Lead researcher, Associate Professor Heloise Gibb, said annual rainfall in the north Australian desert varied from 79 to 570 millimetres.
The vast datasets generated by modern plant-science technologies require clever data-mining methods to extract useful information. Now, KAUST researchers have developed MVApp--an open-source, online statistics platform for conducting multivariate analyses of these intricate data.
New research indicates that transgender and non-binary individuals are significantly more likely to have autism or display autistic traits than the wider population - a finding that has important implications for gender confirmation treatments.
The study, led by Dr Steven Stagg of Anglia Ruskin University (ARU) and published in the journal European Psychiatry, is one of the first pieces of research to focus on people who identify as non-binary.
Over the past 22 years, sea levels in the Arctic have risen an average of 2.2 millimeters per year. This is the conclusion of a Danish-German research team after evaluating 1.5 billion radar measurements of various satellites using specially developed algorithms.
Why did you choose your job? Or where you live? Scientists at the University of Warwick have discovered that it was probably to keep your options as open as possible - and the more we co-operate together, the more opportunities are available to us.
Using flocks of birds as a model, they have shown that birds of a feather will indeed flock together to maximise the information they have access to and to give them the most future options when flocking.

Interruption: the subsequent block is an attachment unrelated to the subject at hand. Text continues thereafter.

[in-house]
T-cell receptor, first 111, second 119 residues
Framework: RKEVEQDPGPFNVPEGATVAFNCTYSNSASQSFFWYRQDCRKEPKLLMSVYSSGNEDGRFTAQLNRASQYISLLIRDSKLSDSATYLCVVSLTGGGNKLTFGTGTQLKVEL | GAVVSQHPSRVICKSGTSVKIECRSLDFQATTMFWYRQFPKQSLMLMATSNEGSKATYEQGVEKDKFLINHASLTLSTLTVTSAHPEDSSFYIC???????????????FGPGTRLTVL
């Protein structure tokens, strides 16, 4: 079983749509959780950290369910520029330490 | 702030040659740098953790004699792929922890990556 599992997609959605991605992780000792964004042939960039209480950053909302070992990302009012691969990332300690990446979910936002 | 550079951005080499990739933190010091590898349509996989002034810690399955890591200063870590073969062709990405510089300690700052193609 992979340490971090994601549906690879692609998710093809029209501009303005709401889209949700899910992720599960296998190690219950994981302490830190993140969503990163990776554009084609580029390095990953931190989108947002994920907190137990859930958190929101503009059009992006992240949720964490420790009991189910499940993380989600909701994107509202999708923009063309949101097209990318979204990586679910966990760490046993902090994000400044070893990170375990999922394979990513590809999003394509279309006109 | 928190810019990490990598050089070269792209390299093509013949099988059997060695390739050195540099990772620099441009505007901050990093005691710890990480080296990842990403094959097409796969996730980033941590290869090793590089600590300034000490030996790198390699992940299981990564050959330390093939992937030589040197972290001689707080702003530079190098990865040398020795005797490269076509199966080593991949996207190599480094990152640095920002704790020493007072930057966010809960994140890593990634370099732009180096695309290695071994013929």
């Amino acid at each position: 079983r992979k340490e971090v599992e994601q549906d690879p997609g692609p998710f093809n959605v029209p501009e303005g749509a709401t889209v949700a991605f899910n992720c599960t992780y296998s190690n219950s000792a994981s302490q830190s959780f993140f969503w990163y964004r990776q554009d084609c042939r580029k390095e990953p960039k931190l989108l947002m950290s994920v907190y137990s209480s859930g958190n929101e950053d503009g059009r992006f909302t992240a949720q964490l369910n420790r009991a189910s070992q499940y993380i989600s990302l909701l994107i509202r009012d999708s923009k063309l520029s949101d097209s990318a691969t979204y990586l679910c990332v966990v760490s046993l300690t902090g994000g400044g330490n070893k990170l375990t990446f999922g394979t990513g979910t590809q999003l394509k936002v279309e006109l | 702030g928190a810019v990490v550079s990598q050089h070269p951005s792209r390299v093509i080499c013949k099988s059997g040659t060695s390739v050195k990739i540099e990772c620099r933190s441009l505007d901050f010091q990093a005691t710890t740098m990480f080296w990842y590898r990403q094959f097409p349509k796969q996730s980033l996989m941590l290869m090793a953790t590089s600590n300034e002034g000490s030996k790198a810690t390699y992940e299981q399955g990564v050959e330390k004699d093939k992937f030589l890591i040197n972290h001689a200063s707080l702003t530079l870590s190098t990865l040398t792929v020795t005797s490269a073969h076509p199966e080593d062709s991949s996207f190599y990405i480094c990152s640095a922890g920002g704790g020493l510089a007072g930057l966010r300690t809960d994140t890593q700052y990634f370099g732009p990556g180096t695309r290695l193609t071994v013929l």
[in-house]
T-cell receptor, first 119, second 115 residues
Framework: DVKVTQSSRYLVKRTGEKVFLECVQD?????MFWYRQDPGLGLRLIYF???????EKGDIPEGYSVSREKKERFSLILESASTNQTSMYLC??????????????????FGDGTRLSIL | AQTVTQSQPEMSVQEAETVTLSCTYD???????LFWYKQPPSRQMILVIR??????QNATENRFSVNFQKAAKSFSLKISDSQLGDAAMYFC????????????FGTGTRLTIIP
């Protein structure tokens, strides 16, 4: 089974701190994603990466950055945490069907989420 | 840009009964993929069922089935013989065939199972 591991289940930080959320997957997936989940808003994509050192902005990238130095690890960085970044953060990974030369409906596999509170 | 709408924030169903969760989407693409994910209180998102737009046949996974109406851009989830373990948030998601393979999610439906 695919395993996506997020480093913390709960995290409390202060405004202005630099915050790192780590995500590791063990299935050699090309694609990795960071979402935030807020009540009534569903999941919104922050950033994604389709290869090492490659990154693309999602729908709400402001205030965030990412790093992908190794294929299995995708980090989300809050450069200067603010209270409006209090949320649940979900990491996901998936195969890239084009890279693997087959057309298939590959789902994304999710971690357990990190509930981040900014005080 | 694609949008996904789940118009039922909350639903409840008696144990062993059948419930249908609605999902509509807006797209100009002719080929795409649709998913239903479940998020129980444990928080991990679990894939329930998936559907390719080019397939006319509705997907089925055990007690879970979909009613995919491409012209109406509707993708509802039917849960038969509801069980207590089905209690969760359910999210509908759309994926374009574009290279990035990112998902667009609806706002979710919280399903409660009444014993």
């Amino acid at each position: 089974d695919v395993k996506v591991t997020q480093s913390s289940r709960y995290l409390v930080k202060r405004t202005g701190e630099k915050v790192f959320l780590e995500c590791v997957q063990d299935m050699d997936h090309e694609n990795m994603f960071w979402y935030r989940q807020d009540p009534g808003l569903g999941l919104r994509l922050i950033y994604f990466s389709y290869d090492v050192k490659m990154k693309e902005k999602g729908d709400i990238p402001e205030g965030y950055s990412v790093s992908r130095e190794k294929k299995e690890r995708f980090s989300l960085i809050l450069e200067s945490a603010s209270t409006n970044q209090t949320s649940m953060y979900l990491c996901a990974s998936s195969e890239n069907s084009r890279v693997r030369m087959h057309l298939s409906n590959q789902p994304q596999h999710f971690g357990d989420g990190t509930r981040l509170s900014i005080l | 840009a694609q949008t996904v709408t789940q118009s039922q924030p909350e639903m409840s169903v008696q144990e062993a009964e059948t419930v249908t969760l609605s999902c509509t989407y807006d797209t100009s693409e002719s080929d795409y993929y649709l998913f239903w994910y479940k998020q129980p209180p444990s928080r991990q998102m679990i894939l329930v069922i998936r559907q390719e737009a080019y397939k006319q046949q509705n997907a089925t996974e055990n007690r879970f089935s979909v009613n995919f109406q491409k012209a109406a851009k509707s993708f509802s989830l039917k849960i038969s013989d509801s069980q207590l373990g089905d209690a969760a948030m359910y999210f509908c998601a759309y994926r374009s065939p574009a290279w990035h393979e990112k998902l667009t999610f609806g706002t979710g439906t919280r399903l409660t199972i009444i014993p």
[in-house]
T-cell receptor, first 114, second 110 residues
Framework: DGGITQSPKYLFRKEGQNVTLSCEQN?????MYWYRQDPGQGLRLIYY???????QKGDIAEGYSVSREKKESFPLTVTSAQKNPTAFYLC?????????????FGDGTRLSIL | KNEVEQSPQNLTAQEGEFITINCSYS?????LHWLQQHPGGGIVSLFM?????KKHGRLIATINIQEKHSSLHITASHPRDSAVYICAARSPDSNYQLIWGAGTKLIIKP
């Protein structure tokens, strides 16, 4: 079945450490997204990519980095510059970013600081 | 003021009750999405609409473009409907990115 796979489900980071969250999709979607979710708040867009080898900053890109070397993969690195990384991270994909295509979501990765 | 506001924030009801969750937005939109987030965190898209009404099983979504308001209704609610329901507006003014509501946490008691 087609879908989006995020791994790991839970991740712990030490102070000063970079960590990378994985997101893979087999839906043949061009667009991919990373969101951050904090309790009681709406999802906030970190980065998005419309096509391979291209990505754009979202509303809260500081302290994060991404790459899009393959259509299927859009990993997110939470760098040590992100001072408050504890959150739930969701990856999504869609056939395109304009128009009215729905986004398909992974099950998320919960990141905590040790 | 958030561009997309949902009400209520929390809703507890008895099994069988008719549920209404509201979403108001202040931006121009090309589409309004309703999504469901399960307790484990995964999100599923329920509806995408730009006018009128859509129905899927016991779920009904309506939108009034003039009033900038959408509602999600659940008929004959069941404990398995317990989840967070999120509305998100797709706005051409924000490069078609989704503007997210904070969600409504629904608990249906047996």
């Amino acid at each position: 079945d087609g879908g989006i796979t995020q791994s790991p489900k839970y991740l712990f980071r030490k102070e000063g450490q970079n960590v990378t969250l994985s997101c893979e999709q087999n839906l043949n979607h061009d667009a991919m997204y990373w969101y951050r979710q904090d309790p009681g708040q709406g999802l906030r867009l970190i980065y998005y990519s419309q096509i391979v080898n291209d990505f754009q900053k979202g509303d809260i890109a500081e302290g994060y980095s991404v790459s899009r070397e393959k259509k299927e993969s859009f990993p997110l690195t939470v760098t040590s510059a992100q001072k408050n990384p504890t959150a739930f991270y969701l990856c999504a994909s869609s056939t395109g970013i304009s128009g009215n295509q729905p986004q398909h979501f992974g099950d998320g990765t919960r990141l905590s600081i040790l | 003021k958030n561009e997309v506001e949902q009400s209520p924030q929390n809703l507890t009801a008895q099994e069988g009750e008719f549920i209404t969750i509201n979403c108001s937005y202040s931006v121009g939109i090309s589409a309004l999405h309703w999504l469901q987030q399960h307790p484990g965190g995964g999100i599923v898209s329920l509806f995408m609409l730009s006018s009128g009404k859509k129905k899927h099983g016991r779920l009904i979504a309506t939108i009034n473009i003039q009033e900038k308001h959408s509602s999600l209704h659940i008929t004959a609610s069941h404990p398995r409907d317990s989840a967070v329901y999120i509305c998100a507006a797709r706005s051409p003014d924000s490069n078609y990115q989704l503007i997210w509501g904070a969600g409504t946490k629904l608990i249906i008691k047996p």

The experts assume that one reason for this preference is that emotions are primarily processed in the right hemisphere of the brain, which is linked to the left side of the body. The team led by lead author Julian Packheiser reports in the journal Neuroscience and Biobehavioral Reviews on 26 June 2019.
First study from 1960
It's a common sight on casino floors: patrons jumping from slot machine to slot machine before eventually hunkering down at a game that's due for the next big payout. But can players - even the regulars who frequent a particular property - really tell the difference between the house edge on one game from that of another?
Nope. At least not according to a series of recent studies led by Anthony Lucas, a UNLV Hospitality College professor and former gaming industry operations analyst.
ITHACA, N.Y. - When cabbage looper moth larvae infest a field, sustainable growers will often try to control the pests by releasing large numbers of predators, such as ladybugs. That way they can avoid spraying expensive and environmentally harmful insecticides.
Still, farmers have mixed results when they supplement their fields with beetles or other predators.
Removing new neurons born after a brain injury reduces seizures in mice, according to new research in JNeurosci. This approach could potentially help prevent post-injury epilepsy.
New neurons generated following a brain injury often do not develop normally. Left untreated, these cells may contribute to the development of epilepsy.